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If you have worked with an investment advisor at a bank, a brokerage or an independent firm, you’ve certainly discussed savings, growth and strategic asset allocation. That advice has gotten you where you are. Most investment advice is fine for saving, but wrong when investing for retirement income.

During the time that you saved and invested to grow your retirement accounts, your focus was on strong net returns. As long as there’s no plan to sell the investments or withdraw money, the level of volatility rarely matters beyond managing emotional stress. In fact, when you are regularly depositing cash and buying investments, market fluctuations can help bring down your average cost. Many advisors will either recommend a balanced fund or a portfolio fund. They have built-in rebalancing to control risk and automatically buy low and sell high.

Investing for retirement income, returns are still important. At the same time, other characteristics of your investments take on a greater importance: asset allocation, volatility, rebalancing, strain and flexibility.

Asset Allocation

Asset allocation refers to the percentage of your investment portfolio that is invested in stocks versus bonds. The asset allocation always matters, but especially during retirement. The percentage in bonds represents a relatively safe investment that produces current income. The percentage in stocks represents an investment focused on growth and subject to market fluctuations. If a person were to invest solely in bonds, they would need a larger portfolio to produce the retirement income they need, and they would have a harder time keeping up with inflation. A person who invested only in stocks would be subject to greater market swings and a higher probability of running out of money, if the market crashes while they are taking withdrawals. Further, bonds typically zig while stocks zag, which creates and opportunity to rebalance, selling high and buying low.

Market Volatility

When drawing retirement income from investments, your portfolio will be less resistant to market volatility. First, selling shares or units of investment funds when the market is down could realize a loss. This is known as sequence of return risk. And remember the benefits of dollar cost averaging? When the market is fluctuating, you can lower your average cost by buying in regular instalments. That could work against you when drawing out income in regular instalments, if you’re selling investments. Using either a low volatility investment strategy or a rebalancing strategy addresses improves stability when investing for retirement income.

Portfolio Rebalancing

When was the last time your advisor recommended rebalancing your investments? If you own a balance fund, it is rebalanced by the professional manager. The manager will usually take profits and use them to purchase more of a cheaper investment. This brings the fund back to its target, typically 60% stocks and 40% bonds. If you have a customized portfolio of funds or stocks, you and your advisor need to rebalance it regularly to control the volatility and take advantage of market opportunities.

The Bucket Approach

Some people like to use a “bucket approach”. That means they’ll put the amount money to spend during the next one, three or five years (depending on the level of safety they desire) into a safe investment like GICs or short bonds. This money isn’t subject to market corrections, and they use it to fund their monthly spending. When their growth-focused investments make gains, they can take the profit to replenish the safe investments. Emotionally, this makes a lot of sense, and it makes it easier to stick with the plan. Financially, it doesn’t work as well because it misses out on rebalancing opportunities. As long as you have a rebalancing program, the bucket approach increases your feeling of security in retirement.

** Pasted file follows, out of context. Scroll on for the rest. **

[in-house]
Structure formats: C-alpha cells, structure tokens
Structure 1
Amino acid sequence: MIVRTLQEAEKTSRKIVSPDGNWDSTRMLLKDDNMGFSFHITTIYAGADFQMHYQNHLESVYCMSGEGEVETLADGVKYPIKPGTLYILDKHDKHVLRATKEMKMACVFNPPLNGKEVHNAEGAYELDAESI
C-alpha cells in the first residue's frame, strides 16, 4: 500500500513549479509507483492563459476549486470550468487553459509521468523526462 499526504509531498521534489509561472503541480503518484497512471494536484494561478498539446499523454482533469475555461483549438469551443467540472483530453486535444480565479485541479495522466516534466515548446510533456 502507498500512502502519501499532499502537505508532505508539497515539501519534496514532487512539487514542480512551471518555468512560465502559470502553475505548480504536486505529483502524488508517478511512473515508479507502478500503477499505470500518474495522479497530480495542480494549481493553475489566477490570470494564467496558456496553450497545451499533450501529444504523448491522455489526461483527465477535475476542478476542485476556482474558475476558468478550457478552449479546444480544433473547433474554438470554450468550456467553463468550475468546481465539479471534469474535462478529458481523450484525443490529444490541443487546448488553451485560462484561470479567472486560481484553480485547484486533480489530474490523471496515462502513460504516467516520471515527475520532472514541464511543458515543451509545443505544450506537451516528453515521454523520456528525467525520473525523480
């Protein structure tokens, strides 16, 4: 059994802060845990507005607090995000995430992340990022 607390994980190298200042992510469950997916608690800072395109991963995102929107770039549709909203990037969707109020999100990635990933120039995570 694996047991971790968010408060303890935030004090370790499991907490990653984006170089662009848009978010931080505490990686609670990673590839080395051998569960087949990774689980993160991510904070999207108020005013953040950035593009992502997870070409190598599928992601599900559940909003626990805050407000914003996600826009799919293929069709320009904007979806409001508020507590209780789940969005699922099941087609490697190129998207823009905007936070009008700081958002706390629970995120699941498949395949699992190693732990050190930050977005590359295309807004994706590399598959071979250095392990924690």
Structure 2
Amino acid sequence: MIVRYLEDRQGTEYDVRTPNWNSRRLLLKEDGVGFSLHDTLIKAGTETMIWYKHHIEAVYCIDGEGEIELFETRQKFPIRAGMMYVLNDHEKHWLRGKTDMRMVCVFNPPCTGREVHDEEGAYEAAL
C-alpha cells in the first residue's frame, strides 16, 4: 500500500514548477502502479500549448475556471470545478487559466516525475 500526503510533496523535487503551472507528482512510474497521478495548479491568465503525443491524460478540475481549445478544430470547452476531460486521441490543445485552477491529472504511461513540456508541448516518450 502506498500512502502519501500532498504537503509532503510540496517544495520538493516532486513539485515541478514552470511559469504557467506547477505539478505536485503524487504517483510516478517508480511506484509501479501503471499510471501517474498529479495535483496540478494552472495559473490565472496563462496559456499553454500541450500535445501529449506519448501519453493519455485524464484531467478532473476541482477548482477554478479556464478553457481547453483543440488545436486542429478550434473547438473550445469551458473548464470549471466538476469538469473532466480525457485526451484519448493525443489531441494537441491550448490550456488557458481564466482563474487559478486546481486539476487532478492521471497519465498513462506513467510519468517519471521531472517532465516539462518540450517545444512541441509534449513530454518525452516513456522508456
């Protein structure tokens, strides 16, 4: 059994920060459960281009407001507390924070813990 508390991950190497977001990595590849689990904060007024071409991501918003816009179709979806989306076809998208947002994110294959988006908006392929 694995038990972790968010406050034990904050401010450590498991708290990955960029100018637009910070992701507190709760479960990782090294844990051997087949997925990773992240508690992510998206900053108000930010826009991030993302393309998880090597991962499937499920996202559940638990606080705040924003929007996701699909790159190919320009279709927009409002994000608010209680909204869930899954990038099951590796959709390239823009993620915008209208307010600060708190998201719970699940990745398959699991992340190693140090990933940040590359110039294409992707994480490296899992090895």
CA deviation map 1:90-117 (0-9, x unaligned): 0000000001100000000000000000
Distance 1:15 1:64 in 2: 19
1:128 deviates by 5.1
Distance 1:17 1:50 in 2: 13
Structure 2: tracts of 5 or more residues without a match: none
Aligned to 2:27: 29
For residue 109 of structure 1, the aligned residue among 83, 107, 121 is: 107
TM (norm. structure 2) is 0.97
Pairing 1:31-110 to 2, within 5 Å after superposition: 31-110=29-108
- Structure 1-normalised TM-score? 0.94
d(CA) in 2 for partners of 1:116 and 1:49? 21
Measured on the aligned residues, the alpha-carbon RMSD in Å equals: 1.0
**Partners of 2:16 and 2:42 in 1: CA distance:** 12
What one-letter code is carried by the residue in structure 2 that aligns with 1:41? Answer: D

Income Investment Strategy

Before retirement, your investments only had one job: to grow. Once you start drawing retirement income, your investments need to be stable, to produce income and to keep up with inflation. To align your investments with all three goals, it’s important to consider your investment strategy. I recommend choosing a strategy that focuses on more stable, well-established companies that pay a dividend. Or create a portfolio that pairs a stable investment fund with an income-producing fund and a growth fund. Whichever approach you use, it will reduce the strain on your investments as you draw income. You will reduce the need to sell units or shares, especially when the market experiences a correction.


The final consideration when investing for retirement investment is flexibility. Life is uncertain, and you can imagine how locking in all of your money would be unwise. A pension or annuity has this drawback, so I generally recommend it only for a portion of your retirement income. GICs can also be inflexible. Investors can use a ladder approach to improve the flexibility of GICs or bonds. Investment funds are more flexible, especially if they are purchased without a sales charge. It won’t make or break your retirement, but flexibility is valuable and shouldn’t be ignored.

Using these ideas, you can adjust your investment strategy to support your retirement income. With less exposure to market fluctuations and a greater focus on income production in your portfolio, you will give your investments the greatest probability of lasting as long as you need them.

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